GENEVA — Independent experts investigating allegations of sexual abuse at the United Nations agency fighting AIDS have called for the appointment of new leadership, saying in a damning report that its executive director tolerated harassment and bullying in a toxic organizational culture.

The agency, U.N.AIDS, was “in a state of crisis that threatens its vital work,” the expert panel said in its report, which was released Friday after a four-month investigation. The evidence of “a broken organizational culture is overwhelming,” it said.

The panel’s four members pinned responsibility for the crisis on the program’s executive director, Michel Sidibé, saying that under his autocratic leadership the agency had become a cult of personality marked by “favoritism, preferment and ethical blindness” that failed to prevent harassment and abuse or respond swiftly to accusations of ill treatment.

“A change in leadership has become necessary,” the experts concluded.

In an email to staff on Friday, Mr. Sidibé, a native of Mali who has led the agency since 2009, gave no indication of stepping down but instead mapped out a five-point plan for changes to be put into place next year.

He acknowledged only that “not all of our staff, in all their diversity, are experiencing the inclusive work culture to which we aspire” and that he was the person most responsible for the agency’s culture.

The experts’ report and his response to it pose a dilemma for the United Nations secretary general, António Guterres, who appoints the program chief and who took office last year promising zero tolerance for sexual harassment.

The experts said they were mindful of Mr. Sidibé’s “outstanding contribution” to the program’s work as a passionate advocate for one of the world’s most vulnerable groups, and as a particularly effective champion in Africa against the threat to global health.

But they said his “personalized, patriarchal management style” had “enabled a culture of harassment, including sexual harassment, bullying and abuse of power.”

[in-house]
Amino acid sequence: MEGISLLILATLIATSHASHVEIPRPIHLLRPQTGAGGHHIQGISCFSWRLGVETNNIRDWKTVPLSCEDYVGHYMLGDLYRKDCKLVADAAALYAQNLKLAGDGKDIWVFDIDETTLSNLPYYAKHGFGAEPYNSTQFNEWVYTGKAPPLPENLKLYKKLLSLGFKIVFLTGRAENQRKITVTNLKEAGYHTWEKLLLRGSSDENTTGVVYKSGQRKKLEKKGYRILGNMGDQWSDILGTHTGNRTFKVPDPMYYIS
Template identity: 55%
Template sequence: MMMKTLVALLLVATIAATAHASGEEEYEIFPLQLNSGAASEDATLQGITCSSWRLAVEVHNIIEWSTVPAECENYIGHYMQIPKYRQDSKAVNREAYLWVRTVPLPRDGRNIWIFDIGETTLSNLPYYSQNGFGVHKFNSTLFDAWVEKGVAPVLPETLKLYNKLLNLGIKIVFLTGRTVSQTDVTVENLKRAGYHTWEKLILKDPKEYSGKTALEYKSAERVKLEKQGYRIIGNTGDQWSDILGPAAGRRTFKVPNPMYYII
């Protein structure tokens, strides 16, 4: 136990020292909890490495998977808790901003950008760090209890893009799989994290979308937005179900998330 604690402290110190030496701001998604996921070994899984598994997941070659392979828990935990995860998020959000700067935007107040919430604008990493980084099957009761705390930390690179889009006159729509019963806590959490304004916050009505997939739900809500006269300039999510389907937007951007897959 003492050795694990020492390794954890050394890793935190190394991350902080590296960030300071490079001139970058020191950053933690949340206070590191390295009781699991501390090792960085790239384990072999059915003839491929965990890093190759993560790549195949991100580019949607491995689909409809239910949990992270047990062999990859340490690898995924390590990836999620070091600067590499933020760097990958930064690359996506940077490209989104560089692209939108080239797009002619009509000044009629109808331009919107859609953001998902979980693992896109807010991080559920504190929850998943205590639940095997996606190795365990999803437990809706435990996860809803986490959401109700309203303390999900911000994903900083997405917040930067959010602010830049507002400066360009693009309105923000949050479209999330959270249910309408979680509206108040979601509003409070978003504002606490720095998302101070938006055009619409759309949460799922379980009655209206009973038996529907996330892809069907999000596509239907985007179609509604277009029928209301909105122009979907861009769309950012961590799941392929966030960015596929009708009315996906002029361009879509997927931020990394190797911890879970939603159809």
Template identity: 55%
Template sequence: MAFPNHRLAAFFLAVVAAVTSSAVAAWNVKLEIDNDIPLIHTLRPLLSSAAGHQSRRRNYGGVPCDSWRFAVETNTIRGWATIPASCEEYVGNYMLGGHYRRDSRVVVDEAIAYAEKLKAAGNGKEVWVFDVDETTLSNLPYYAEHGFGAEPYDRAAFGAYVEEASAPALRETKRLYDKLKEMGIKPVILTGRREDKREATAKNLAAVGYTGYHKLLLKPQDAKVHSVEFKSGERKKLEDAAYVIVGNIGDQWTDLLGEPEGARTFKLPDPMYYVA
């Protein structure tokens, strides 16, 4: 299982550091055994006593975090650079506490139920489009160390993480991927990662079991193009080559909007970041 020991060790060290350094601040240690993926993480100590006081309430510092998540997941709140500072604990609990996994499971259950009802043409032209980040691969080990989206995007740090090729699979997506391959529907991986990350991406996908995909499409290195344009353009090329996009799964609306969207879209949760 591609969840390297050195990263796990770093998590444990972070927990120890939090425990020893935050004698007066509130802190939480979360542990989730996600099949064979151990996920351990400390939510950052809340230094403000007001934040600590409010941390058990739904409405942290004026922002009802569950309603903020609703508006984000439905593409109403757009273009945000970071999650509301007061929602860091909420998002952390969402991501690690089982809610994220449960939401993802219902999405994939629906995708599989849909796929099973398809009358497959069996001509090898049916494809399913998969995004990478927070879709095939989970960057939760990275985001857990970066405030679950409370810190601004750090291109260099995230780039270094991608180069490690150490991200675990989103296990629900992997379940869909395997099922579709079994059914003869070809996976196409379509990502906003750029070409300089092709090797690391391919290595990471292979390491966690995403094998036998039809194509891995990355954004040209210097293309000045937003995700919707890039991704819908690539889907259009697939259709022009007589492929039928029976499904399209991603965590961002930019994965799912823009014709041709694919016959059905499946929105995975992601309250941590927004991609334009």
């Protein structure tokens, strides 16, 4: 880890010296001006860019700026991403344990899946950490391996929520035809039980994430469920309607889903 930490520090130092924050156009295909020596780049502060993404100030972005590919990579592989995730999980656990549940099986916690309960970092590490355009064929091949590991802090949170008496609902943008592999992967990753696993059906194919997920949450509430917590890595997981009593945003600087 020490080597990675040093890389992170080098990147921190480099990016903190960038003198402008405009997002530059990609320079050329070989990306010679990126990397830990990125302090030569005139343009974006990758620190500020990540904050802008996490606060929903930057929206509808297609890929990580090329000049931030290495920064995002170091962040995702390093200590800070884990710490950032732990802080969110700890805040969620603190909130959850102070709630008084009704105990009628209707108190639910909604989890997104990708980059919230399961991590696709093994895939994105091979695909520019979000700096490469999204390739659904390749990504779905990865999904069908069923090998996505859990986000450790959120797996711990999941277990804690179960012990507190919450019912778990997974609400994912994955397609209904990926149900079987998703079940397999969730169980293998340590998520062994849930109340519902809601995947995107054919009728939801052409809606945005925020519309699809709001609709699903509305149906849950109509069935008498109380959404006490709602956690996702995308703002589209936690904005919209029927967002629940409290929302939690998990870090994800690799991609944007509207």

Moreover, they dismissed Mr. Sidibé proposals for reforms as “superficial and insufficient,” saying they reflected “a lack of insight into the magnitude of the problems and his own responsibility for them.”

“The panel has no confidence that the current leadership can deliver cultural change when that leadership has been largely responsible for the current malaise,” they said.

The panel of experts was appointed after a row erupted over allegations by a staff member, Martina Brostrom, that in 2015 a deputy to Mr. Sidibé, Luiz Loures, had groped and forcibly kissed her in a hotel elevator and tried to drag her to his room when they were attending a conference in Bangkok.

Mr. Loures, who has since left the program, denied the accusation, and an internal inquiry by the World Health Organization, which oversees U.N.AIDS, found insufficient evidence to corroborate her allegations.

In a survey of the agency’s 670 staff members, conducted by the independent experts as part of their investigation, 18 people said they had experienced some form of sexual harassment in the previous year, and 201 said they had experienced some form of abuse of authority.

“U.N.AIDS is like a predators’ prey ground” was the damning assessment by one staff member cited in the experts’ report. “You have access to all sorts of people, especially the vulnerable: You can use promises of jobs, contracts and all sorts of opportunities and abuse your power to get whatever you want, especially in terms of sexual favors. I have seen senior white male colleagues dating local young interns or using U.N.AIDS resources to access sex workers.”

The respondent concluded, “So many people are enablers of harassment.”



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